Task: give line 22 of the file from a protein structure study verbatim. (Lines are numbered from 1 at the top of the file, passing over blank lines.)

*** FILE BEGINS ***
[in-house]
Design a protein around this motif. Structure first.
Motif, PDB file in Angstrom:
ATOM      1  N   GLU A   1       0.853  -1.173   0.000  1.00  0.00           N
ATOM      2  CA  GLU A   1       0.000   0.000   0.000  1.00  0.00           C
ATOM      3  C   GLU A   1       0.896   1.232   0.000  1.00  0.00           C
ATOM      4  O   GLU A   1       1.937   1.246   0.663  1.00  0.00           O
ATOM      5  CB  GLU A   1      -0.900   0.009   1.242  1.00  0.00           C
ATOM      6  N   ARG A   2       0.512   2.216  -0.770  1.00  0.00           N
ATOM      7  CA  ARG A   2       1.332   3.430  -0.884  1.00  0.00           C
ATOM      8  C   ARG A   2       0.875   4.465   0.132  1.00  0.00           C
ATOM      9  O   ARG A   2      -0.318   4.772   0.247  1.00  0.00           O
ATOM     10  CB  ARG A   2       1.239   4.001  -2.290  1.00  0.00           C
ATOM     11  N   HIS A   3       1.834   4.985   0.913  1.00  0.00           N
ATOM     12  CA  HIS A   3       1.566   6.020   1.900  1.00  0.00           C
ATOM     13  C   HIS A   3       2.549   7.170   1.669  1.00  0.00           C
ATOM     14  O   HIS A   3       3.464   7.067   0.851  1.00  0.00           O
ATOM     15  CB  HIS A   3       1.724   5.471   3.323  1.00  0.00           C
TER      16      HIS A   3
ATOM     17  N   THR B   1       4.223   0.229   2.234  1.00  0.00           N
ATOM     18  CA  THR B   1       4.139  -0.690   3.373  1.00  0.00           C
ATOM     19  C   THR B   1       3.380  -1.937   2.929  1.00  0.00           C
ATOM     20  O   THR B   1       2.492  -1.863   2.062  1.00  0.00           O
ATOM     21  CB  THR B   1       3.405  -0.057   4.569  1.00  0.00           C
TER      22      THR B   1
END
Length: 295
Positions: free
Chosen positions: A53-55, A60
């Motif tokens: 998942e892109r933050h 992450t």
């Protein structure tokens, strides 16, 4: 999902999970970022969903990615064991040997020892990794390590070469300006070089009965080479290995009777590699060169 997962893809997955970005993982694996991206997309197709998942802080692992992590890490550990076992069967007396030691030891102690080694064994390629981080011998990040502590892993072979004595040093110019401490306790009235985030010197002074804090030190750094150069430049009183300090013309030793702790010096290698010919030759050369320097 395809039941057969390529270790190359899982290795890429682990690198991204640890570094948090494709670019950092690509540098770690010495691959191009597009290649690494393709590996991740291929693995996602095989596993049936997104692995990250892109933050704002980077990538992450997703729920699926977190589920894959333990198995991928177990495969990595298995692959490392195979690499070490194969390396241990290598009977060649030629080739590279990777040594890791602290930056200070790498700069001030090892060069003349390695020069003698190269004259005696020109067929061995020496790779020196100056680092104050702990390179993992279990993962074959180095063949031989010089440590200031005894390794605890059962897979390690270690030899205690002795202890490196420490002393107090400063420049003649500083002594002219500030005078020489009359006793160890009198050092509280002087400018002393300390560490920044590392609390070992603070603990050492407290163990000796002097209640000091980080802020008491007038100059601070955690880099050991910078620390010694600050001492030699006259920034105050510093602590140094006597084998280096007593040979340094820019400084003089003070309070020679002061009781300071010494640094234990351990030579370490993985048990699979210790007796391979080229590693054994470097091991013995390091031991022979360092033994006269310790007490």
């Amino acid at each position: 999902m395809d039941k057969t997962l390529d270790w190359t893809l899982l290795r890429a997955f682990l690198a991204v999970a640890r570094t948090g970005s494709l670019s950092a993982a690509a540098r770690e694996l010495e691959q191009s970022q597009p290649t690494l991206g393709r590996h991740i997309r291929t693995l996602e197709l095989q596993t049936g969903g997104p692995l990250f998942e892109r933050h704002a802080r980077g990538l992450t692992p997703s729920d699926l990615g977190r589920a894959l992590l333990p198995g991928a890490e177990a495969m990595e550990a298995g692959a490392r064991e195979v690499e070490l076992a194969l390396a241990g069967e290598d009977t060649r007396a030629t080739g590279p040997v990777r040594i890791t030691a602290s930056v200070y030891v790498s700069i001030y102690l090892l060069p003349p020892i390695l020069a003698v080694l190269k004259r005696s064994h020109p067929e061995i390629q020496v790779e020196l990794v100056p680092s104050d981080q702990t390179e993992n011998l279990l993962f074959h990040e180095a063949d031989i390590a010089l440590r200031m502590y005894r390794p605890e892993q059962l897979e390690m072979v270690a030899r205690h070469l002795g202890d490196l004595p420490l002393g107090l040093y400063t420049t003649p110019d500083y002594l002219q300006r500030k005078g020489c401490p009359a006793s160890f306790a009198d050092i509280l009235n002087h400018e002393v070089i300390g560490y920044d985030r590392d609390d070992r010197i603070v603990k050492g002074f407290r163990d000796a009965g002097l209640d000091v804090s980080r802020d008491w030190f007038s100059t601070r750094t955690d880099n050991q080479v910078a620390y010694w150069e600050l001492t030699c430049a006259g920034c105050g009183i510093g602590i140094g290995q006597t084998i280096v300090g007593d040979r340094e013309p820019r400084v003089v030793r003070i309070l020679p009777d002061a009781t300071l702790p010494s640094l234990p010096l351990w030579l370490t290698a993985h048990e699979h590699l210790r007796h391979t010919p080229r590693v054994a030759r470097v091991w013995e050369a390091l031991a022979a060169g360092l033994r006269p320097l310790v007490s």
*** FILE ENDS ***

ATOM     19  C   THR B   1       3.380  -1.937   2.929  1.00  0.00           C